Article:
Simple, slow, and uncluttered, revering authenticity above all.

Pared down to its barest essence, wabi-sabi is the Japanese art of finding beauty in imperfection and profundity in nature, of accepting the natural cycle of growth, decay, and death. It’s simple, slow, and uncluttered-and it reveres authenticity above all. Wabi-sabi is flea markets, not warehouse stores; aged wood, not Pergo; rice paper, not glass. It celebrates cracks and crevices and all the other marks that time, weather, and loving use leave behind. It reminds us that we are all but transient beings on this planet-that our bodies as well as the material world around us are in the process of returning to the dust from which we came. Through wabi-sabi, we learn to embrace liver spots, rust, and frayed edges, and the march of time they represent.

Wabi-sabi is underplayed and modest, the kind of quiet, undeclared beauty that waits patiently to be discovered. It’s a fragmentary glimpse: the branch representing the entire tree, shoji screens filtering the sun, the moon 90 percent obscured behind a ribbon of cloud. It’s a richly mellow beauty that’s striking but not obvious, that you can imagine having around you for a long, long time. It’s the peace found in a moss garden, the musty smell of geraniums, the astringent taste of powdered green tea.

Daisetz T. Suzuki, who was one of Japan’s foremost English-speaking authorities on Zen Buddhism and one of the first scholars to interpret Japanese culture for Westerners, described wabi-sabi as “an active aesthetical appreciation of poverty.” He was referring to poverty not as we in the West interpret (and fear) it but in the more romantic sense of removing the huge weight of material concerns from our lives. “Wabi is to be satisfied with a little hut, a room of two or three tatami mats, like the log cabin of Thoreau,” he wrote, “and with a dish of vegetables picked in the neighboring fields, and perhaps to be listening to the pattering of a gentle spring rainfall.”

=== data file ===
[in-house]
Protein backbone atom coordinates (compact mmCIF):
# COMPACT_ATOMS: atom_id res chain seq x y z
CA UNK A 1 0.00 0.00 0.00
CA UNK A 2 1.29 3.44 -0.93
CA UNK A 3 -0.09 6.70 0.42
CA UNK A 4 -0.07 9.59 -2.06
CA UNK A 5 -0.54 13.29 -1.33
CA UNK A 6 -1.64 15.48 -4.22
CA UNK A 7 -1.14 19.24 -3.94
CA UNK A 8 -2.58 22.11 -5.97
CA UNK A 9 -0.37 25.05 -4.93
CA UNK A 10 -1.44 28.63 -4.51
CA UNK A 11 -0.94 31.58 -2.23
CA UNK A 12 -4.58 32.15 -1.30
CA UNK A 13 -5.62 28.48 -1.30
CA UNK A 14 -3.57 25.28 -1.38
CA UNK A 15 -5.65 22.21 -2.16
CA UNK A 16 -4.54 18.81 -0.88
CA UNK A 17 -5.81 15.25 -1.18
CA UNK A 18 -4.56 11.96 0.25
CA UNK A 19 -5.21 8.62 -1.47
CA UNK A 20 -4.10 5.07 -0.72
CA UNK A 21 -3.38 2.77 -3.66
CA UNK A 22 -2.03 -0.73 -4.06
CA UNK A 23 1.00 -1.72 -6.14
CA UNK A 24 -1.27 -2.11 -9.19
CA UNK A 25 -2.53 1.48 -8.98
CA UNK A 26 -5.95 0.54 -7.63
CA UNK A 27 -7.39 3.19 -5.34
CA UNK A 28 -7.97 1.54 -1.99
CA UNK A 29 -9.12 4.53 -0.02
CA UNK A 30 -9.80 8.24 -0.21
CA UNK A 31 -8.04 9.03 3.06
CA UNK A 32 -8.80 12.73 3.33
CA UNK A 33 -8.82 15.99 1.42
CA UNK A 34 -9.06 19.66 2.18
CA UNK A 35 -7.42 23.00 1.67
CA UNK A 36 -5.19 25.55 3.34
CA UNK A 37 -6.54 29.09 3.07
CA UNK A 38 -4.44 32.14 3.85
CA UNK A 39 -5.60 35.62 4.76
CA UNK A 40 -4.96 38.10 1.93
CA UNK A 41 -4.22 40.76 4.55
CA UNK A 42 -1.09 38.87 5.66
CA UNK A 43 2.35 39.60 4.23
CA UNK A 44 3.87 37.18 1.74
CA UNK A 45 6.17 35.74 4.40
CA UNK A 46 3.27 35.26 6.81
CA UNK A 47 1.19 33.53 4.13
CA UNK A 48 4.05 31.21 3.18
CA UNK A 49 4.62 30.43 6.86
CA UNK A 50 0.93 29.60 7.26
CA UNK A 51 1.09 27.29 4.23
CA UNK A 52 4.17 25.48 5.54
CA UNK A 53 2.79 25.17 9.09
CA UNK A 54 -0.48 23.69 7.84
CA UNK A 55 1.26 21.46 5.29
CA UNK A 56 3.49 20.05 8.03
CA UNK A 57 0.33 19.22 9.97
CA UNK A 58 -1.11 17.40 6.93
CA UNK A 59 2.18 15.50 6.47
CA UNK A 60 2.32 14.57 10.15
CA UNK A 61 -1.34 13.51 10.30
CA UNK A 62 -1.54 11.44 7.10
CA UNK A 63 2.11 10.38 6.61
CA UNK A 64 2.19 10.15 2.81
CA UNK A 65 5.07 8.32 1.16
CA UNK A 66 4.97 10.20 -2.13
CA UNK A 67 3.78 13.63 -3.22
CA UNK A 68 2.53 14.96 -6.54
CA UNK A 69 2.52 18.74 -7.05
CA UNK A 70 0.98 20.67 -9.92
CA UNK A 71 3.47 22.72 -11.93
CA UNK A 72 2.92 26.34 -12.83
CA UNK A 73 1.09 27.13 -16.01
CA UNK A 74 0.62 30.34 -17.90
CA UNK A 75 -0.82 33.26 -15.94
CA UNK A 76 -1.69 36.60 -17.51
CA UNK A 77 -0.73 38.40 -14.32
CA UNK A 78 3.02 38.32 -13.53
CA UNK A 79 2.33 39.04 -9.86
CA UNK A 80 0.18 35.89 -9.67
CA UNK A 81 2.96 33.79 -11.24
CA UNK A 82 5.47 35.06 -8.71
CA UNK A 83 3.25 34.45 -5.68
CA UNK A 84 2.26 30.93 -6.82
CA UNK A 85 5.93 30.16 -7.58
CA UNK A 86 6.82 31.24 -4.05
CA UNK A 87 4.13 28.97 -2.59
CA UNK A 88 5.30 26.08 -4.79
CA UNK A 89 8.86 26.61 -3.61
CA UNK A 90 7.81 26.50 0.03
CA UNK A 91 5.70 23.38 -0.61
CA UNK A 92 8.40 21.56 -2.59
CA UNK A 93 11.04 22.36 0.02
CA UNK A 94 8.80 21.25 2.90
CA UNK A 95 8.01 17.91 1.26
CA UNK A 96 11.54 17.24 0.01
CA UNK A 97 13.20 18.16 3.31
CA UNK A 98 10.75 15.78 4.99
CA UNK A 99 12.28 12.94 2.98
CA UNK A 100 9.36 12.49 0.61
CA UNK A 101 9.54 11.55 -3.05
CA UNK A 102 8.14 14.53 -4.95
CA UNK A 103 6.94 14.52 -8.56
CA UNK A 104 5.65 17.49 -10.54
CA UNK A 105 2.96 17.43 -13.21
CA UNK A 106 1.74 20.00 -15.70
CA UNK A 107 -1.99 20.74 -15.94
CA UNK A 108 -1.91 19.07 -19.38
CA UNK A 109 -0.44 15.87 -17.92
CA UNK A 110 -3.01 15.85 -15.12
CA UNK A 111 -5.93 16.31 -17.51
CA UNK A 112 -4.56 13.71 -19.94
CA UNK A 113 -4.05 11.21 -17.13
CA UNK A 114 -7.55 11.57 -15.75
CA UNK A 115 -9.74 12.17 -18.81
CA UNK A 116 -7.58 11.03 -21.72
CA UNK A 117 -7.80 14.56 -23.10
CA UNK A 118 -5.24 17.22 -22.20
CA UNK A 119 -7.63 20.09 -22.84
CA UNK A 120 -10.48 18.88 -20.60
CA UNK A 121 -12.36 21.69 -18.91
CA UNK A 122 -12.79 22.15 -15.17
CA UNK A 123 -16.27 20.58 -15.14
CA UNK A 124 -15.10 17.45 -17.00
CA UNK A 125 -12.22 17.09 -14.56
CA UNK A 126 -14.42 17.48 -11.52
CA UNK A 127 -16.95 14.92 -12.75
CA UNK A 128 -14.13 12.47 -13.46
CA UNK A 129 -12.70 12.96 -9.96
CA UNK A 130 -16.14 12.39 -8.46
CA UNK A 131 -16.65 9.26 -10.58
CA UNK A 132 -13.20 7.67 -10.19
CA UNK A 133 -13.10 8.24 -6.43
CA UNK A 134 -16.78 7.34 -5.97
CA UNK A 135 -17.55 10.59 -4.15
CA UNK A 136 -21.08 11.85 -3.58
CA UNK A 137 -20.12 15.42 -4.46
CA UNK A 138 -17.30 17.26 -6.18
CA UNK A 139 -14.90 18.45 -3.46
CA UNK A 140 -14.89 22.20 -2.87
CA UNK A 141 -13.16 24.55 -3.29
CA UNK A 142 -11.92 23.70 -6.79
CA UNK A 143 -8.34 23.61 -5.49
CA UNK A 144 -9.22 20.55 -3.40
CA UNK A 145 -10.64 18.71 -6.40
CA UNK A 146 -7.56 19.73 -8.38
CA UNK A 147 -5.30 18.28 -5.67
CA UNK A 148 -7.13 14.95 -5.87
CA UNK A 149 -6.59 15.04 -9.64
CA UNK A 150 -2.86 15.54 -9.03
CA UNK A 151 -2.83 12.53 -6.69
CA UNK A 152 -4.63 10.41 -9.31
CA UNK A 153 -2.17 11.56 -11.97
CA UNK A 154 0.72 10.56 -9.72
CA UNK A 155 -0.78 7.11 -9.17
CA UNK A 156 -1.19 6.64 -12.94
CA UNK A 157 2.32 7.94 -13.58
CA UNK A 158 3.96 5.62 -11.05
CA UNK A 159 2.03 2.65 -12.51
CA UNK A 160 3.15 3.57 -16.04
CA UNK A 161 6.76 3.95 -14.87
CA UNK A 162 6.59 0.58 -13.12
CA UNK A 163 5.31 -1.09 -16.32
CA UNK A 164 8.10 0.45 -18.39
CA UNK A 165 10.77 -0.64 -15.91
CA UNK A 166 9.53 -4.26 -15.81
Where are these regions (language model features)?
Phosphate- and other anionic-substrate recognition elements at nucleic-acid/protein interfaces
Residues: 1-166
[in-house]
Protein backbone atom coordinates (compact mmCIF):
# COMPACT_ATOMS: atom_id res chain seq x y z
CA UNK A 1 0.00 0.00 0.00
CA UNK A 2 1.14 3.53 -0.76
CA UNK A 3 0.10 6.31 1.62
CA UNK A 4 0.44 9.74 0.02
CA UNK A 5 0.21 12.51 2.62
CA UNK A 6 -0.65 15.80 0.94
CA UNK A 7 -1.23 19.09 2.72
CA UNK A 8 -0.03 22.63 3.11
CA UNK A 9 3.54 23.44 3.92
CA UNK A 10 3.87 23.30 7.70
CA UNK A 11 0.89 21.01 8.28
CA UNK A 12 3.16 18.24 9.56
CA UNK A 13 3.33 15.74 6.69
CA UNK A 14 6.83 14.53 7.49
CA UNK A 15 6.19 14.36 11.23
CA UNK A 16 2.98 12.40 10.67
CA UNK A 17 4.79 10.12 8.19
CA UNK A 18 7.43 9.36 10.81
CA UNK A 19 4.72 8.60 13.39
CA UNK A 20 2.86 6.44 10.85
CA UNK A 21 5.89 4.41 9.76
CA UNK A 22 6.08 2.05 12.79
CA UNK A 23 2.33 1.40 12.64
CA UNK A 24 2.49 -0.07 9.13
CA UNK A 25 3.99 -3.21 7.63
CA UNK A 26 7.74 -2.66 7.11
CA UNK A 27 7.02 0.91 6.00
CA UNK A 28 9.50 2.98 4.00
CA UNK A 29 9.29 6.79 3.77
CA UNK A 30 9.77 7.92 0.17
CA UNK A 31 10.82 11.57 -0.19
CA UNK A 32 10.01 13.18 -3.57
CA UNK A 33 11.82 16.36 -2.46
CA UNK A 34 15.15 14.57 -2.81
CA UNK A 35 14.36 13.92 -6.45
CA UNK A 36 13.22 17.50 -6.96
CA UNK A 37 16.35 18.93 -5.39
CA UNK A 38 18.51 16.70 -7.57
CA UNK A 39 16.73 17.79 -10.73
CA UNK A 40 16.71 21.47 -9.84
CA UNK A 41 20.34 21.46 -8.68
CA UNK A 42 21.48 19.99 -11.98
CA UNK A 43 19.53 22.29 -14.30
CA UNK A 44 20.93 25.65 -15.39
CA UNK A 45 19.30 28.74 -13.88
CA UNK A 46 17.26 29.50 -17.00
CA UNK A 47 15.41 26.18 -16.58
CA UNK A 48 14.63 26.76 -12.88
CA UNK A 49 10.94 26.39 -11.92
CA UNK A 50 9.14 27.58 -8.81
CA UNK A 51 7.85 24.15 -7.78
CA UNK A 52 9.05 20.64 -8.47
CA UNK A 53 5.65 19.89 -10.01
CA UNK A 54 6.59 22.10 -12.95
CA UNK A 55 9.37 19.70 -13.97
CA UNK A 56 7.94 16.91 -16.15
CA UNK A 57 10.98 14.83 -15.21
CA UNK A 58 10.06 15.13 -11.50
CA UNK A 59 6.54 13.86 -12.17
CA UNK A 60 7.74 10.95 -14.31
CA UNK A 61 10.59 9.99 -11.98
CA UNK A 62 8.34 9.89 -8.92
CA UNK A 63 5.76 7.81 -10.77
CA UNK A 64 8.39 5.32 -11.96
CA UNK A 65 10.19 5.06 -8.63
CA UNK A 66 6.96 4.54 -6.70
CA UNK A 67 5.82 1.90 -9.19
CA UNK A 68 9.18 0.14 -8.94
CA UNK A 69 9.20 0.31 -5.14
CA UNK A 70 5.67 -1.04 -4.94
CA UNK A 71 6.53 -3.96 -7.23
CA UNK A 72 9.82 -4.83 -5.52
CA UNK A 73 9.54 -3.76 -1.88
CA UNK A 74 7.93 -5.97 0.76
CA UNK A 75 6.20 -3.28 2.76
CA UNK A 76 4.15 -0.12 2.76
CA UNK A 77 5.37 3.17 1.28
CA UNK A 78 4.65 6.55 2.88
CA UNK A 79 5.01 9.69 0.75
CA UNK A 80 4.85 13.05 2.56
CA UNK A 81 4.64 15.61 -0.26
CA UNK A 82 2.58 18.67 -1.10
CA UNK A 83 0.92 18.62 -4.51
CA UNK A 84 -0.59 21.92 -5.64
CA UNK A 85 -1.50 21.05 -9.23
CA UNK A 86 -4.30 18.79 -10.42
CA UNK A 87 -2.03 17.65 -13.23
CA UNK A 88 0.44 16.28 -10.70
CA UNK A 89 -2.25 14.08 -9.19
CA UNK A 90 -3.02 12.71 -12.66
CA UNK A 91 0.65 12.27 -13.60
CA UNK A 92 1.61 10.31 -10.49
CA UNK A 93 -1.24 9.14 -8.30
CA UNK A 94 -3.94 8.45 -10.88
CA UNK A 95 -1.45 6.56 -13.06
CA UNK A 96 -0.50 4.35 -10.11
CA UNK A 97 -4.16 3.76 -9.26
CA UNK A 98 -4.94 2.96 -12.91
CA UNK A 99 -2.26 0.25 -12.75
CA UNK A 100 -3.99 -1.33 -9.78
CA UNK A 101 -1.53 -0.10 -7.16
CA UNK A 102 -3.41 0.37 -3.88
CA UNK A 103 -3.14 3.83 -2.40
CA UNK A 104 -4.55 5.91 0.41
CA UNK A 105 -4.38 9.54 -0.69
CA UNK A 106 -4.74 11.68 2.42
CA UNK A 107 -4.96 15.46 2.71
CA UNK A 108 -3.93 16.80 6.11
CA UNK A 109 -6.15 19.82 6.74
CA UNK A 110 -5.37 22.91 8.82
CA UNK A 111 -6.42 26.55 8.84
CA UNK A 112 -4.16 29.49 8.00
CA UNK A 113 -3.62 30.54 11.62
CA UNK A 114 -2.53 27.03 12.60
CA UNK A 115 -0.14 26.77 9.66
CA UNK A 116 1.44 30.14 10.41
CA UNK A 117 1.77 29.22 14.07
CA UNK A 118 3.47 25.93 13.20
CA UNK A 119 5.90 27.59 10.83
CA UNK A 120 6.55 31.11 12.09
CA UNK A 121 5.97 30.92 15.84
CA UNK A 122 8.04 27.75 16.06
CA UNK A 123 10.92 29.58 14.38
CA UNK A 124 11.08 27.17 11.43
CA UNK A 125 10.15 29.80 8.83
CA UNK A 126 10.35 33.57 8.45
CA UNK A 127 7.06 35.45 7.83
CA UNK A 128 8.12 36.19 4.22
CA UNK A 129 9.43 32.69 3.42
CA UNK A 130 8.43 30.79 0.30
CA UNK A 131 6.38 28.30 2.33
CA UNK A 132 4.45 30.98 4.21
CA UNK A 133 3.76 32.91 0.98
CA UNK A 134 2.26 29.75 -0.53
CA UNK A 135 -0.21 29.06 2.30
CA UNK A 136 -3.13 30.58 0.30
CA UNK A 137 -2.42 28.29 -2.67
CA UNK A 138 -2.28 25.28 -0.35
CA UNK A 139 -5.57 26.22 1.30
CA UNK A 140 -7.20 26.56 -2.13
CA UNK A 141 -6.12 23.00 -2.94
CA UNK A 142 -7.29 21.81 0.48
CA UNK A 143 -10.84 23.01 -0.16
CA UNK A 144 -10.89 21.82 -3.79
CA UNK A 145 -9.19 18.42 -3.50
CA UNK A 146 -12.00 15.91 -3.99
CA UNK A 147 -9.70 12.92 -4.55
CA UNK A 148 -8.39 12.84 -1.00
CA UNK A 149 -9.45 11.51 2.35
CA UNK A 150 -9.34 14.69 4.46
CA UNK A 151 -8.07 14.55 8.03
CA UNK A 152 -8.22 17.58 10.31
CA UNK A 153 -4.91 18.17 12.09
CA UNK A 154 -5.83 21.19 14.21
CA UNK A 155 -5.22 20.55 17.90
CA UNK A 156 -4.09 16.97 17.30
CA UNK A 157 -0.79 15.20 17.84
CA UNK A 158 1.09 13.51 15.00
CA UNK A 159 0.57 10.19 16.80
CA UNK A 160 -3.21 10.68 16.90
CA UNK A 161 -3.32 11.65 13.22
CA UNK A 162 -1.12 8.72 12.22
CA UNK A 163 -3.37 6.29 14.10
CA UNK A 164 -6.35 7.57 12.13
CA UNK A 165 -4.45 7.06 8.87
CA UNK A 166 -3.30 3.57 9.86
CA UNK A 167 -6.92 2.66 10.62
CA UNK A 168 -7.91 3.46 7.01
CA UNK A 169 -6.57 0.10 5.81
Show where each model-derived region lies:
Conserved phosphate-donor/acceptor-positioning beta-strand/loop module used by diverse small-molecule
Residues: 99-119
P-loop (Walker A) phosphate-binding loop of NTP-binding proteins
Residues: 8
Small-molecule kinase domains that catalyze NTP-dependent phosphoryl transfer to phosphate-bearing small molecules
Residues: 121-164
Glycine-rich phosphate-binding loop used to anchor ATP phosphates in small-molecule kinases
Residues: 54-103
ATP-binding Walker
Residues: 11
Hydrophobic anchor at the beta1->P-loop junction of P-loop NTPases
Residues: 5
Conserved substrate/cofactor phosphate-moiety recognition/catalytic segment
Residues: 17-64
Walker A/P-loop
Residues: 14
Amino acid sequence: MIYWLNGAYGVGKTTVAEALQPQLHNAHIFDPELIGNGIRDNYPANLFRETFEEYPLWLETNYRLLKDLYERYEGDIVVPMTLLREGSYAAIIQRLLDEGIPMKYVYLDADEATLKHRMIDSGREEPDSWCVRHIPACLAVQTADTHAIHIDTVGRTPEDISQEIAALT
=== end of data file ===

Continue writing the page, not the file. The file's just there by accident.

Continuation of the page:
In Japan, there is a marked difference between a Thoreau-like wabibito (wabi person), who is free in his heart, and a makoto no hinjin, a more Dickensian character whose poor circumstances make him desperate and pitiful. The ability to make do with less is revered; I heard someone refer to a wabibito as a person who could make something complete out of eight parts when most of us would use ten. For us in the West, this might mean choosing a smaller house or a smaller car, or-just as a means of getting started-refusing to supersize our fries.

*Robyn Griggs Lawrence

2 Responses to Simple, slow, and uncluttered, revering authenticity above all.

  1. […] of imperfection’, but there’s more to it. Earlier today I came across this blog post about Wabi-sabi (that includes the photo above). I feel the author does a great job summing-up the […]

  2. Aleja says:

    Thank you for your input about Wabi-Sabi, Toiko! Your last line, it is the art to be loved and appreciated drbecises how I view it quite well. I don’t use it, nor do I know others who use it as an excuse to be lazy or abandon. I use it as a way to appreciate time-worn furniture and embrace the things around my home that are not polished and shiny and new. It isn’t an excuse to pile up junk, I haven’t used it that way in my life or described it that way here. I think embracing imperfection, letting the little things go and relishing the beauty of nature and life around us is the best way to reach wabi-sabi. Of course, as all things are, it’s personal. I am glad you’ve described it well here and how it works for you in your life![]

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